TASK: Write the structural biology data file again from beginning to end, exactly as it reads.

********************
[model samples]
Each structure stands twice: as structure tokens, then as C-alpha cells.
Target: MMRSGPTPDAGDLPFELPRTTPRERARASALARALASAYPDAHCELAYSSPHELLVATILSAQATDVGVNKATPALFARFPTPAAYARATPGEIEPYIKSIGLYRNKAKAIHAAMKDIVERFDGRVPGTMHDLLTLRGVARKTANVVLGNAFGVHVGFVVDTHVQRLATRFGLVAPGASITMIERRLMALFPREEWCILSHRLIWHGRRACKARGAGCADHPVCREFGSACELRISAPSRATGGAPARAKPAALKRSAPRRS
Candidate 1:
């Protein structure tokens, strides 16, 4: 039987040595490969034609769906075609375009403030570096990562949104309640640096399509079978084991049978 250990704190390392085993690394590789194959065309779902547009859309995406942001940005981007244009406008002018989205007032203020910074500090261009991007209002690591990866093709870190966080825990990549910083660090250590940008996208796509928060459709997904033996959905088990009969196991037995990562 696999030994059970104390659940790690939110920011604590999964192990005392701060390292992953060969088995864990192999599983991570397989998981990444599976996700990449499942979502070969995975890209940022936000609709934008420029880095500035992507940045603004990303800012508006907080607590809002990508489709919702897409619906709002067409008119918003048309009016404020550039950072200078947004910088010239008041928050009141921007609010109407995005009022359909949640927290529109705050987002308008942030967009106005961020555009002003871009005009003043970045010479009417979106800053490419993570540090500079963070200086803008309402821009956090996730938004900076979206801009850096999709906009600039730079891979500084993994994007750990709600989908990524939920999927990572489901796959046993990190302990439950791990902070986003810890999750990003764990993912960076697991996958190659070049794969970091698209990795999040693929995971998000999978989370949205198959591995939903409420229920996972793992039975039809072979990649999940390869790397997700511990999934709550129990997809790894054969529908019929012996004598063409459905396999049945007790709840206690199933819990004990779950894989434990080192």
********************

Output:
[model samples]
Each structure stands twice: as structure tokens, then as C-alpha cells.
Target: MMRSGPTPDAGDLPFELPRTTPRERARASALARALASAYPDAHCELAYSSPHELLVATILSAQATDVGVNKATPALFARFPTPAAYARATPGEIEPYIKSIGLYRNKAKAIHAAMKDIVERFDGRVPGTMHDLLTLRGVARKTANVVLGNAFGVHVGFVVDTHVQRLATRFGLVAPGASITMIERRLMALFPREEWCILSHRLIWHGRRACKARGAGCADHPVCREFGSACELRISAPSRATGGAPARAKPAALKRSAPRRS
Candidate 1:
């Protein structure tokens, strides 16, 4: 039987040595490969034609769906075609375009403030570096990562949104309640640096399509079978084991049978 250990704190390392085993690394590789194959065309779902547009859309995406942001940005981007244009406008002018989205007032203020910074500090261009991007209002690591990866093709870190966080825990990549910083660090250590940008996208796509928060459709997904033996959905088990009969196991037995990562 696999030994059970104390659940790690939110920011604590999964192990005392701060390292992953060969088995864990192999599983991570397989998981990444599976996700990449499942979502070969995975890209940022936000609709934008420029880095500035992507940045603004990303800012508006907080607590809002990508489709919702897409619906709002067409008119918003048309009016404020550039950072200078947004910088010239008041928050009141921007609010109407995005009022359909949640927290529109705050987002308008942030967009106005961020555009002003871009005009003043970045010479009417979106800053490419993570540090500079963070200086803008309402821009956090996730938004900076979206801009850096999709906009600039730079891979500084993994994007750990709600989908990524939920999927990572489901796959046993990190302990439950791990902070986003810890999750990003764990993912960076697991996958190659070049794969970091698209990795999040693929995971998000999978989370949205198959591995939903409420229920996972793992039975039809072979990649999940390869790397997700511990999934709550129990997809790894054969529908019929012996004598063409459905396999049945007790709840206690199933819990004990779950894989434990080192």